|Bill Downes compiled over 300 wins across four sports during his 50-year career at Western New England.|
SPRINGFIELD, Mass. (June 25, 2018) – Over the last 50 years, athletics at Western New England University has seen enormous growth and countless changes.
One thing has remained the same, however – the presence of William Arthur "Red" Downes. When the 2018-19 athletic calendar gets underway in late August, the department will be without the Golden Bear legend, who is retiring this summer following half a century of exemplary service to the University.
Downes' name is synonymous with athletics at Western New England. He arrived on campus in 1968, beginning a tenure that would result in over 300 victories across four sports and a lasting impact on the University's athletic department.
Downes assumed the role of head coach for the first time in 1970, when he took charge of the men's soccer program. Over the next 20 seasons, he led the team to 184 victories and 11 postseason appearances, including a fourth-place finish at the NAIA national tournament in 1975.
Downes also served as head coach of the Western New England men's basketball program from 1977-86, compiling 98 wins over nine seasons, and even completed a three-year stint as baseball coach from 1971-73.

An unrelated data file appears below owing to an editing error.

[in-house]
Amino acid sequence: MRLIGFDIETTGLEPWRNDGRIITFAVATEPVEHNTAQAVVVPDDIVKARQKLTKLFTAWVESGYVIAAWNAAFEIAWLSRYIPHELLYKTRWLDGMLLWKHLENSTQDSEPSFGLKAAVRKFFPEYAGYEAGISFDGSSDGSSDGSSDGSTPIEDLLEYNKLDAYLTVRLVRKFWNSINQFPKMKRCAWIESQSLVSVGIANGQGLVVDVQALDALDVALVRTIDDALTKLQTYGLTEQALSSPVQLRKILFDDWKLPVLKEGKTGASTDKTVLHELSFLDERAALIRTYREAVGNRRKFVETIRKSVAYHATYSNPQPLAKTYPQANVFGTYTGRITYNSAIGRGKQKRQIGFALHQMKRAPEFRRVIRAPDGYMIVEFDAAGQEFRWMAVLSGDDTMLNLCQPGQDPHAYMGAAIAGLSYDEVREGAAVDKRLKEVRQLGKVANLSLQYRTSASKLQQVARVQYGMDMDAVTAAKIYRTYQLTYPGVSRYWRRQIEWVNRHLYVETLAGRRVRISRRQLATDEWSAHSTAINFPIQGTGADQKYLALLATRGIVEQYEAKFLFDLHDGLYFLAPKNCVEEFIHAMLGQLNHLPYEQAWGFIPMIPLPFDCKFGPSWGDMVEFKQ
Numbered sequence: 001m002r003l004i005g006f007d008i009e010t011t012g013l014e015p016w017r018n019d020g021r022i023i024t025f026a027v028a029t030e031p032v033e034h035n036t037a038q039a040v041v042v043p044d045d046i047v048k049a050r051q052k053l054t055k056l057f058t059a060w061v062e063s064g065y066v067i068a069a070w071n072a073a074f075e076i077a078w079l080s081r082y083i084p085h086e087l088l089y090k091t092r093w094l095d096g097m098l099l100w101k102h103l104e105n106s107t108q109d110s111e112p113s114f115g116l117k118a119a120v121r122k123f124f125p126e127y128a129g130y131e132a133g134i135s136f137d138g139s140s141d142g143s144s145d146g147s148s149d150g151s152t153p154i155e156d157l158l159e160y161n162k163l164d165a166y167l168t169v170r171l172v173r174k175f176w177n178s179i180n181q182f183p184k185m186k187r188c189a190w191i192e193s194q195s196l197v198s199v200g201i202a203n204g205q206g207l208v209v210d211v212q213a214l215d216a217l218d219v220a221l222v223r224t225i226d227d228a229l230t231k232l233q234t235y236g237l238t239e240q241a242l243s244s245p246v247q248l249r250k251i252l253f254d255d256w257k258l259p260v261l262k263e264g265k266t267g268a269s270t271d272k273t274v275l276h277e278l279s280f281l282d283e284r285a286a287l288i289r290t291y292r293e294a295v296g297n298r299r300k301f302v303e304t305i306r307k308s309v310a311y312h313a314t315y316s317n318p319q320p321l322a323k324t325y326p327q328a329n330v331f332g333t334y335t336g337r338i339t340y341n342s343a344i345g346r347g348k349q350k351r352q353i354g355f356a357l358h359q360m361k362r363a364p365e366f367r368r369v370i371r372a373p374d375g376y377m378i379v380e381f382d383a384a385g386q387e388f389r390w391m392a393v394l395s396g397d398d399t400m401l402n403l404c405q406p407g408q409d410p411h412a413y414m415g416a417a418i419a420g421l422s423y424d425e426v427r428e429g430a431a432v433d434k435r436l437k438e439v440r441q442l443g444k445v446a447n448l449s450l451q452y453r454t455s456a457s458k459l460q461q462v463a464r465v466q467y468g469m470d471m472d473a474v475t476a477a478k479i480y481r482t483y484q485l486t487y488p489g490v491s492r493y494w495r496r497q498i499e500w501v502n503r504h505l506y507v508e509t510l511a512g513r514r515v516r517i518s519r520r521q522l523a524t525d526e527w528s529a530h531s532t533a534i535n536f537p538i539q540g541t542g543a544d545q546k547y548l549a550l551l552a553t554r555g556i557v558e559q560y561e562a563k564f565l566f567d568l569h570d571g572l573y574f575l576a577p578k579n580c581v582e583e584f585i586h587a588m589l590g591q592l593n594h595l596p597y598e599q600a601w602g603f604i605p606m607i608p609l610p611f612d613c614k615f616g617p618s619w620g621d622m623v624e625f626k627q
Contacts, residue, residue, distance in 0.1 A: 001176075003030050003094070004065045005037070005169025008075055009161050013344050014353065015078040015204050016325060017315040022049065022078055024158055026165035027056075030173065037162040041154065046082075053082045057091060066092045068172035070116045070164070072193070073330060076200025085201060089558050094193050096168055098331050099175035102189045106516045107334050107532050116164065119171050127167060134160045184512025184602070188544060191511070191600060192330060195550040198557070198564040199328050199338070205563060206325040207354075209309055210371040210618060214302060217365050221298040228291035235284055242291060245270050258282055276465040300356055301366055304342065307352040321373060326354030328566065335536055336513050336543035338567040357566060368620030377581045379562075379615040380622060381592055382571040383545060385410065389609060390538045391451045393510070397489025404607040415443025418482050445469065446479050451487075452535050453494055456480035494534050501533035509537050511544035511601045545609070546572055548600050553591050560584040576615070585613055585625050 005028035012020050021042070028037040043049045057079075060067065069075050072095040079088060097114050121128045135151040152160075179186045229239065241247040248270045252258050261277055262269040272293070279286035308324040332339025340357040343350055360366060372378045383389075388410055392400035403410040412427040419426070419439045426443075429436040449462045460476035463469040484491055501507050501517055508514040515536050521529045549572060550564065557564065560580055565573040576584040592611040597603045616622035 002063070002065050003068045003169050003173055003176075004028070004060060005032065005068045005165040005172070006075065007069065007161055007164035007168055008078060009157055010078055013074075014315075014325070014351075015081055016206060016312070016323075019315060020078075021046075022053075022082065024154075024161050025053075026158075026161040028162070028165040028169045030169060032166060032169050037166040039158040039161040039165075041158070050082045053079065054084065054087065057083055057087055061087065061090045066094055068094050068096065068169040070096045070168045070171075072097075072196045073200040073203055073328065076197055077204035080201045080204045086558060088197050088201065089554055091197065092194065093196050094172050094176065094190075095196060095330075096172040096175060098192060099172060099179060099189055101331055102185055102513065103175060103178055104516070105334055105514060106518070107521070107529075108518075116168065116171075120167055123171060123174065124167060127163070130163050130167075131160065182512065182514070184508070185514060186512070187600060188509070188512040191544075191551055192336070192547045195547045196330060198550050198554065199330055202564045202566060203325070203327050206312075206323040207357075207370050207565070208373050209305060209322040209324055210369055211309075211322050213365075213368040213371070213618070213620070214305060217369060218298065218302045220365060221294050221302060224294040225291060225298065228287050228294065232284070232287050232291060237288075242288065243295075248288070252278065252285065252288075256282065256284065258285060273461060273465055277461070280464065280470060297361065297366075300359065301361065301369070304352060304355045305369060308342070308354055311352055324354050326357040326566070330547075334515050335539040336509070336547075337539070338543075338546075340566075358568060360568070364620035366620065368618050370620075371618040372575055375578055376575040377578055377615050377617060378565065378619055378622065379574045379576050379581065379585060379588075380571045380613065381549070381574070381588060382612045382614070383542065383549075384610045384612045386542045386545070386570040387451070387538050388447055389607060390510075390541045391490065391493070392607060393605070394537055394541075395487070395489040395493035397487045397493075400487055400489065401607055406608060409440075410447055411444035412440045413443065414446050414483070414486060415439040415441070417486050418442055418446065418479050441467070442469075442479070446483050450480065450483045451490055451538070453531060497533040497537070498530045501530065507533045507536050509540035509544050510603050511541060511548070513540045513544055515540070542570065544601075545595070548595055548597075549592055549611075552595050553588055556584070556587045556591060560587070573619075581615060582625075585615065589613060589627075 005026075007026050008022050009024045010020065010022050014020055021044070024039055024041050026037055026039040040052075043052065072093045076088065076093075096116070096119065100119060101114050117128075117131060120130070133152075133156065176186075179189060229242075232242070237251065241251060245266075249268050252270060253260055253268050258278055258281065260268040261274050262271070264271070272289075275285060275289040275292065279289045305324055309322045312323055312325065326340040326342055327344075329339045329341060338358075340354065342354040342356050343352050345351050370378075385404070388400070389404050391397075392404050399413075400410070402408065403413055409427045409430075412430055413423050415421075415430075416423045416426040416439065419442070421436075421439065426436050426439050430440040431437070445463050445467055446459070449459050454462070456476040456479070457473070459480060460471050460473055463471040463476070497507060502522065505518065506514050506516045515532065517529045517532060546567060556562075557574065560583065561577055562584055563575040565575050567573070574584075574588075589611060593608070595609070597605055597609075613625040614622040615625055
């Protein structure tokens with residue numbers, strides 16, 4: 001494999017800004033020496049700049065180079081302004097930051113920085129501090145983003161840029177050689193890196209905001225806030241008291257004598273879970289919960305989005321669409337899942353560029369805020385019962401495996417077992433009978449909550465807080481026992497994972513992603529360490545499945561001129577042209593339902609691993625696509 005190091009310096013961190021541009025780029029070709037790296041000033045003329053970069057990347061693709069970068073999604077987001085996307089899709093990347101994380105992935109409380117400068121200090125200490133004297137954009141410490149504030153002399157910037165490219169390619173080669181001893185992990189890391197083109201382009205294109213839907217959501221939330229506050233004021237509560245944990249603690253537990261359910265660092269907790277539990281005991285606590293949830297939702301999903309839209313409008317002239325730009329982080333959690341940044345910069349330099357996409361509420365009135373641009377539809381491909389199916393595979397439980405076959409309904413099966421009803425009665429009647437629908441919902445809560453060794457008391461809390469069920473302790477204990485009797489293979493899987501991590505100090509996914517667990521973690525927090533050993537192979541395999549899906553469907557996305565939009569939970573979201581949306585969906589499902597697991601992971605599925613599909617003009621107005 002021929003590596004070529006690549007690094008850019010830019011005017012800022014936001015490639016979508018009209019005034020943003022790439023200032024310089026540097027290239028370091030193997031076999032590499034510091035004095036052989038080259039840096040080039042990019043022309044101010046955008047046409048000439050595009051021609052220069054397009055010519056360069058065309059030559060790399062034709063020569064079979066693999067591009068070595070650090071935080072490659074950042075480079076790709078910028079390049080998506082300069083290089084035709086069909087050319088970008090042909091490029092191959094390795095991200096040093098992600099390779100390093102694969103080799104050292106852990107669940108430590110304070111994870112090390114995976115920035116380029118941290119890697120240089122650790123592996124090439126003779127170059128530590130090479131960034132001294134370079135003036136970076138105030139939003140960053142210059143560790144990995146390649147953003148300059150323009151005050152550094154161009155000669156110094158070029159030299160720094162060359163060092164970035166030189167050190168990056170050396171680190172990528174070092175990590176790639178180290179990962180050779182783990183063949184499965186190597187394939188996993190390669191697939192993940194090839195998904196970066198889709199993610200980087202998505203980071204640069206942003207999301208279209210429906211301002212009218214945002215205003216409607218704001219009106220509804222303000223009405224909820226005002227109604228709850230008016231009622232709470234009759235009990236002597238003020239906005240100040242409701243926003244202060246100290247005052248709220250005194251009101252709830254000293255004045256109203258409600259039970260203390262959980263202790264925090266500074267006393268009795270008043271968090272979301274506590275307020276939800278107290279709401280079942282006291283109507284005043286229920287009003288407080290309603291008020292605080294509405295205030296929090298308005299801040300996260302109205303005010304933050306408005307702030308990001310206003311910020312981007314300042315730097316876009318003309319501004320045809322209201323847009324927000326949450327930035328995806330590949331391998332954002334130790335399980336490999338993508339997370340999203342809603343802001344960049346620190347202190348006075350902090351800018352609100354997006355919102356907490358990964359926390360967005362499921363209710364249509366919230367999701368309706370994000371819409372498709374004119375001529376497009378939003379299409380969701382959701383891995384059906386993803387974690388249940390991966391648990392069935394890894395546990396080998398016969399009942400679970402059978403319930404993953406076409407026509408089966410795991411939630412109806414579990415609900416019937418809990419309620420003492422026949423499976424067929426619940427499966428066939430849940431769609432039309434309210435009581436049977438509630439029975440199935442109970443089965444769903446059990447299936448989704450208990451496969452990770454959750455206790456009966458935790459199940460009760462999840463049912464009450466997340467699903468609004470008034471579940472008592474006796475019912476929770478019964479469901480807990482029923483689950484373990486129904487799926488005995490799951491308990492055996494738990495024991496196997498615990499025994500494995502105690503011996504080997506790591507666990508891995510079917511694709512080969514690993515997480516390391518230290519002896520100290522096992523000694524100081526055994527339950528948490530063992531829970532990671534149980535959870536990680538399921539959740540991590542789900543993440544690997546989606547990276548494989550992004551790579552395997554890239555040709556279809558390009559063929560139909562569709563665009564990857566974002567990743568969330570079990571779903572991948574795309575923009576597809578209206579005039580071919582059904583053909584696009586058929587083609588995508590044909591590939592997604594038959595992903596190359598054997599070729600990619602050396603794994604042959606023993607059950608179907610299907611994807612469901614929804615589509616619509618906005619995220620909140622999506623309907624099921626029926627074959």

In the mid-1980's, Downes resurrected the WNE Golf program and quickly built it into one of the strongest Division III programs in the region. He guided the Golden Bears to four Commonwealth Coast Conference (CCC) championships and a trio of NCAA Tournament appearances, the last of which came this spring.
Downes' impact on Western New England is so vast that the University's athletic Hall-of-Fame was named in his honor, and in 1999, he was inducted in the inaugural class.
Western New England's athletic Hall-of-Fame was named in Downes' honor, and he was inducted in the inaugural class in 1999.
Downes took an unconventional route to Western New England. Born and raised in South Charleston, West Virginia, his family moved to Montclair, New Jersey (just 17 miles outside of New York City) when he was 16 years old. As Downes puts it, "It was a major culture shock".
Growing up, he was a four-sport athlete – his first love was basketball, but he also played football and baseball, and even ran the 100 and 220-yard sprint events in track.
Marshall University recognized Downes' athletic prowess by offering him a chance to return to his home state to play basketball. He instead decided to take the prep route and enrolled at the New Hampton School in New Hampshire, where he helped lead the basketball team to the prep school championship contest in Orono, Maine against Maine Central.
From there, Downes attended Lehigh University in Bethlehem, Pa. and spent one semester as a member of the freshman basketball team before volunteering for the military draft in 1957.
While stationed in Iceland for two years, Downes' future aspirations began to take shape.
"I was player-coach of the battalion team, and that's when I first realized I wanted to be involved in coaching," he said. His teams traveled across Europe and played in the Mass Air Command Tournament.
After spending two years in the service, Downes enrolled at Springfield College to pursue a physical education degree. Four years later, he had earned his degree and was ready to chase his dreams.